Senior MPs Trevor Mallard and David Parker tried to steer them that way but they were simply not listening.

Because in the end this was not just about a new constitution to make the party more open and democratic. It was also about the Cunliffe camp’s revenge for being ignored after last year’s primary race when the caucus installed Shearer as leader.

This is also a key point. The ongoing requirement is just for a scheduled vote after each general election. Now Labour have already had one of those – they had a leadership contest in Dec 2011 and Shearer won. But the conference explicitly voted to have a non-regular vote in February 2013. This can only be seen as directed at Shearer. If they had not passed that resolution, then you would need 50% of caucus to force a party wide vote on the leadership instead of 40%.

Cunliffe all but confirmed his interest in a challenge after his victory on the conference floor although, as one senior MP observed, “more than 60 per cent of the MPs voted for the trigger to stay at 50 per cent” – suggesting Shearer is safe for now – a spill cannot be ruled out even before February.

And then what? A new leader with a majority in the wider party but with a caucus that opposed him? And a dreadful bloodletting during the 2014 candidate selection process – which is already so fraught the party postponed its reform till late 2013?

In the meantime, Shearer’s leadership, already under pressure, will suffer a thousand speculations.

He has yet to show his hand and may think he can drink from the party’s poisoned chalice and survive. But his inner circle were late yesterday contemplating his next move.

The nuclear option would be to call Cunliffe out, confront him, demote him or put his unspoken challenge to the party now so February’s vote becomes a formality.

I’m generally a fan of nuclear options 🙂

I would point again out that an early vote doesn’t remove the requirement to also have a vote in February 2013.

Patrick Gower at 3 News reported:

David Shearer’s leadership of the Labour Party is under threat from his rival David Cunliffe.

The challenge emerged today at the Labour Party conference on the eve of what was meant to be a major speech for Mr Shearer.

Mr Cunliffe is putting his hand up, refusing to rule out a challenge to Mr Shearer when the Labour leadership comes up for grabs in February.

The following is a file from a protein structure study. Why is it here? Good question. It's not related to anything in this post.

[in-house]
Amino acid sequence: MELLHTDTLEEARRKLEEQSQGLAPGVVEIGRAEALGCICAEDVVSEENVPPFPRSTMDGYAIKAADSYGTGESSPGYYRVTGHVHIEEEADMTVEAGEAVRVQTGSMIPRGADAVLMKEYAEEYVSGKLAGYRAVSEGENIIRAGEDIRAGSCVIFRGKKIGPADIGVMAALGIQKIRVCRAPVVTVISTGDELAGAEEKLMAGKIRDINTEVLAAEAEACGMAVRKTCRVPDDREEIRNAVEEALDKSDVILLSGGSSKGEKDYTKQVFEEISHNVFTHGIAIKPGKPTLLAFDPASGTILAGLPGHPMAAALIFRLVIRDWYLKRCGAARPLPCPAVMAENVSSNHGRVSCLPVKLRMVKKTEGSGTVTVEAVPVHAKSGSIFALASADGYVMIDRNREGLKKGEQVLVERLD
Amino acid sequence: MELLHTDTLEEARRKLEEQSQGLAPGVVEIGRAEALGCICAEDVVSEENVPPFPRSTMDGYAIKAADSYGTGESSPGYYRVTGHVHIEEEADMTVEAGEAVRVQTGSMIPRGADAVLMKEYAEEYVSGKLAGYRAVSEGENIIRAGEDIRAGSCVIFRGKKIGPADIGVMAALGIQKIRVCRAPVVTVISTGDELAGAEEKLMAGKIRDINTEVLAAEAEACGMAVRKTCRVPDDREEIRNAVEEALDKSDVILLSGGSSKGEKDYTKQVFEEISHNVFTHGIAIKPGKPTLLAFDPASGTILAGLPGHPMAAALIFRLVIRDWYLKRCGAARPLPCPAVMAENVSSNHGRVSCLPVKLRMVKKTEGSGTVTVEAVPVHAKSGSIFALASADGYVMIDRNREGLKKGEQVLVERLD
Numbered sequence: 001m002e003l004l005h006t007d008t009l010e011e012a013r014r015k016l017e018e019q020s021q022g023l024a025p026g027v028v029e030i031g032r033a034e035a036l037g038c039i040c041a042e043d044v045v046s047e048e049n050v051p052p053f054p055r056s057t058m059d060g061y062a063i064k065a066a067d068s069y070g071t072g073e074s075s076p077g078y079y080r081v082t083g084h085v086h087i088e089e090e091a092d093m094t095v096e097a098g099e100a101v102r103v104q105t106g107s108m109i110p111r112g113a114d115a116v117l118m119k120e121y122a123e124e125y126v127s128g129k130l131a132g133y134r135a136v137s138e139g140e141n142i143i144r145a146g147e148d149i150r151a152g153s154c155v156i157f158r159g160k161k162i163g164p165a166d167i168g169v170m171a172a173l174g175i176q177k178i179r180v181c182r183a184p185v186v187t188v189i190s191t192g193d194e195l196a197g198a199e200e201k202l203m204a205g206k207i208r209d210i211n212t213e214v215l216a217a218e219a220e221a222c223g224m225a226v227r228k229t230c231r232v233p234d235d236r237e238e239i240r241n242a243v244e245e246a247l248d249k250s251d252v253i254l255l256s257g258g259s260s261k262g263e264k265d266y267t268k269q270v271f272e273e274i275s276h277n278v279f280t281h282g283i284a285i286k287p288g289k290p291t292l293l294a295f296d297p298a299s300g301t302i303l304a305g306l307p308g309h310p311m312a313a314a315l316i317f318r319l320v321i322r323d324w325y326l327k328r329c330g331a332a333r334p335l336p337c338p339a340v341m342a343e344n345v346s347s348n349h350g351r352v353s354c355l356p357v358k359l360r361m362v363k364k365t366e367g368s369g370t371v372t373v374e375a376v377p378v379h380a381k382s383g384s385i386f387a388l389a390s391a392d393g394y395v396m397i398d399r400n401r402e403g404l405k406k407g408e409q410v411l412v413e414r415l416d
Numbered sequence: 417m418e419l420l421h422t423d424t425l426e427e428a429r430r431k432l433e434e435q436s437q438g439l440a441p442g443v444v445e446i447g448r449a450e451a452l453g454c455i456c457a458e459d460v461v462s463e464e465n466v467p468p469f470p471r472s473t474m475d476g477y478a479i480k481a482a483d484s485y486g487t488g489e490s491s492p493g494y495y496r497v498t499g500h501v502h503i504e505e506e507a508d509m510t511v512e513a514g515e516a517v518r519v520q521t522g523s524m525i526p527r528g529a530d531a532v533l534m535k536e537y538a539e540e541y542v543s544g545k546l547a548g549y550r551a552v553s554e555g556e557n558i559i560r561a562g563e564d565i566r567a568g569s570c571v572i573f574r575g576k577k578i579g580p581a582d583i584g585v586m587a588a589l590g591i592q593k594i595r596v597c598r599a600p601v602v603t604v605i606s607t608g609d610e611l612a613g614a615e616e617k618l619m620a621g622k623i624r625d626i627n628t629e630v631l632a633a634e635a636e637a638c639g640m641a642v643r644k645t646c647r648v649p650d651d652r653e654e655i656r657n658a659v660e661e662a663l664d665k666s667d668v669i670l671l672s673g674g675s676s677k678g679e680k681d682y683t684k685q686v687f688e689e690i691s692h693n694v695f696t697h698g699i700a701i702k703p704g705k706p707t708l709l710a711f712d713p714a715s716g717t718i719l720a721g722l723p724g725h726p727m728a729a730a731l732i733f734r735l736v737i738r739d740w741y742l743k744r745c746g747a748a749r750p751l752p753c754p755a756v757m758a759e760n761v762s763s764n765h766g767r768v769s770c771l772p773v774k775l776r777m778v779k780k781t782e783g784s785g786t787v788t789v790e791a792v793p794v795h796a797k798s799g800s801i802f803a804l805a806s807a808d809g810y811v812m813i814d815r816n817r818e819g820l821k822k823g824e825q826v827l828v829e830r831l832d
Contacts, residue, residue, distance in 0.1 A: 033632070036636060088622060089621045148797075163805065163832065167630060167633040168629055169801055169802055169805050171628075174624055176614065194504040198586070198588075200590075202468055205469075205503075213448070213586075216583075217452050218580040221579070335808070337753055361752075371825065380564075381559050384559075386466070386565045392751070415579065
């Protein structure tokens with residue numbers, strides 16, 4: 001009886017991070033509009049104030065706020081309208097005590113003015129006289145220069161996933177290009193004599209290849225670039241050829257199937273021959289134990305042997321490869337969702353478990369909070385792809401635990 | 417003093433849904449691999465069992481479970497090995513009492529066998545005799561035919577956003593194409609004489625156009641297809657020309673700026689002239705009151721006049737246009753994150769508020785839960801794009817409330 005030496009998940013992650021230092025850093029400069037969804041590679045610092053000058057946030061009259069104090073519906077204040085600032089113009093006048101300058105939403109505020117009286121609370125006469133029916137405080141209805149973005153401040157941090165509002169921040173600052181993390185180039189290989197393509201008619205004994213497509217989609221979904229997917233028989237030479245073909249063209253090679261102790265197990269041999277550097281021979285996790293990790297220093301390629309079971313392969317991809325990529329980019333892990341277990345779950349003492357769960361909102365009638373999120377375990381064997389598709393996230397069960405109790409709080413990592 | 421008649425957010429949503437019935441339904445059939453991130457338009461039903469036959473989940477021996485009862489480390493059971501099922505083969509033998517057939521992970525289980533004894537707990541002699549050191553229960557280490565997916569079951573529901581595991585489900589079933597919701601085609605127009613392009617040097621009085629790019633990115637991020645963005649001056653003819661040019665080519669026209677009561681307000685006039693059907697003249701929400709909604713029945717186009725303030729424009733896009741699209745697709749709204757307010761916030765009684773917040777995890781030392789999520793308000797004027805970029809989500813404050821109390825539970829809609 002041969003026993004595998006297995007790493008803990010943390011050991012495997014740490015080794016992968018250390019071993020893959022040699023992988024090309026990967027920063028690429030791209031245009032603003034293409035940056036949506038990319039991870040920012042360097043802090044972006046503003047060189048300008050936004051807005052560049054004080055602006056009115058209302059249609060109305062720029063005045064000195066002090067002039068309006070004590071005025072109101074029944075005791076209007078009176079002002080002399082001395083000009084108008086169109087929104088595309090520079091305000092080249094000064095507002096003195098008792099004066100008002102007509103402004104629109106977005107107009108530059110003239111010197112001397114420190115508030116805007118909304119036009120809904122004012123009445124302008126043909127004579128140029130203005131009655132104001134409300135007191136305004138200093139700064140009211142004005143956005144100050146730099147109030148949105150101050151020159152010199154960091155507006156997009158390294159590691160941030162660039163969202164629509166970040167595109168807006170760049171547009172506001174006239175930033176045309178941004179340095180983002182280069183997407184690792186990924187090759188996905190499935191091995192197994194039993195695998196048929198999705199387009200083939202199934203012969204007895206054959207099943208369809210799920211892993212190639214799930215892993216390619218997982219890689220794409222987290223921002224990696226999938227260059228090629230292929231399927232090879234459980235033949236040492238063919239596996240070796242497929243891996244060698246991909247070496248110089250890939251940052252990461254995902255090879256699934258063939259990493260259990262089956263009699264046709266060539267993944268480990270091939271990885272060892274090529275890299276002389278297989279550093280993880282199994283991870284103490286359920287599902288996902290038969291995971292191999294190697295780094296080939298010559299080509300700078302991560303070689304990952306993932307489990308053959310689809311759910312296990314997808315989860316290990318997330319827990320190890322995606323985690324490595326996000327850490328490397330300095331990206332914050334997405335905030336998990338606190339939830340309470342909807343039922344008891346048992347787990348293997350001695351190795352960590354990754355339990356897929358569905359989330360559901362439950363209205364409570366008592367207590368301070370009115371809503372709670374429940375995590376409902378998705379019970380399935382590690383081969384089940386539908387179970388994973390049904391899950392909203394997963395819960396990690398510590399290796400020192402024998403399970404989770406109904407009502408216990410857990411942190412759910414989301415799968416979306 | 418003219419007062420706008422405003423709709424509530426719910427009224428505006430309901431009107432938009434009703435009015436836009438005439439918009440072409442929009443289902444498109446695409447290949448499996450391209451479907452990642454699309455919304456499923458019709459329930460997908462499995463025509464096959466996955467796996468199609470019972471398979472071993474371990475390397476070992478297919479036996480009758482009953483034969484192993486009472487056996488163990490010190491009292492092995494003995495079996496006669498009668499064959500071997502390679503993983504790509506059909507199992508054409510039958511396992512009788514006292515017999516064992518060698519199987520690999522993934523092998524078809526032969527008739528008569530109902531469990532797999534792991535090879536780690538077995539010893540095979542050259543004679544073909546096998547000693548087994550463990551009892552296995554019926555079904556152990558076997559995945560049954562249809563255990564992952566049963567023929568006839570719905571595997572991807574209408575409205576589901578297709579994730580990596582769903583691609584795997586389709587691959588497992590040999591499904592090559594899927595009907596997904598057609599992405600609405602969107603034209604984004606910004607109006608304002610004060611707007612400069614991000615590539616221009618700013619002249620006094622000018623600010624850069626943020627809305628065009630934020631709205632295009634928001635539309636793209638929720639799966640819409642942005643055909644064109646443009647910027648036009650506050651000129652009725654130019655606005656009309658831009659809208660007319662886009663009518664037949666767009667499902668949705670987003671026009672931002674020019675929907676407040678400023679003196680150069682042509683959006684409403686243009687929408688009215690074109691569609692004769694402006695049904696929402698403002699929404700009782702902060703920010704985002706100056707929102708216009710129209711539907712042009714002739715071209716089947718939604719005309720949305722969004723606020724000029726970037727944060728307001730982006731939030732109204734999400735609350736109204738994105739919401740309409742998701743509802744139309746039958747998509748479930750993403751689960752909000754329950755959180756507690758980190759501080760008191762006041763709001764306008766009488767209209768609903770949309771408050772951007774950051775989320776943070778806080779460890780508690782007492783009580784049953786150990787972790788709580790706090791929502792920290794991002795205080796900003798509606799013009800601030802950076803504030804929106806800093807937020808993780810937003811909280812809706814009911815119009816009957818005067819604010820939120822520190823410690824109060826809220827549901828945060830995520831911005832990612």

Cunliffe could have killed these stories dead by saving clearly “I will be voting in favour of David Shearer to remain Leader at the first caucus meeting of 2013, and will be urging all my colleagues to do the same. He will be the next Prime Minister”.

By the way if anyone is still doubting my contention that all those blog posts and columns last week calling for Shearer to go were a coincidence, I still have that bridge for sale!

UPDATE: Vernon Small reports:

Shearer is moving to put his leadership to a caucus vote as early as next week in an attempt to end speculation about his position and draw out challenger David Cunliffe.

Shearer’s lieutenants were today meeting to consider ways a vote could be taken early under caucus rules.

That would likely not replace the scheduled vote in February at which only 40 per cent of the caucus could trigger a run-off according to new uses approved by the Labour conference yesterday.

But if the caucus gave him a strong endorsement, possibly in a vote that was made public, that could make the February vote more of a formality. No caucus meeting has been scheduled for Tuesday, but an urgent one may be called.

There are also rules that require at last a week’s notice of a leadership ballot, but that may not be needed to simply endorse Shearer.

It is understood if Shearer wins the backing of caucus he will move quickly to demote Cunliffe.

It will be fascinating if he sacks Cunliffe off the front bench and from his portfolio. Cunliffe has a lot of support from the activists, and sacking him may go down very badly with them.

Also the move to have an early leadership vote appears to be an attempt to ignore the rule that the conference explicitly voted for. The conference said that they want a leadership ballot unless Shearer has over 60% support of caucus. They did not vote for 50%.

I guess the strategy is that a sacked Cunliffe will not be able to gain 40% come February. And it is possible he won’t be able to. But it does mean Shearer will have a ongoing significant disaffected faction in caucus and definitely in the wider party.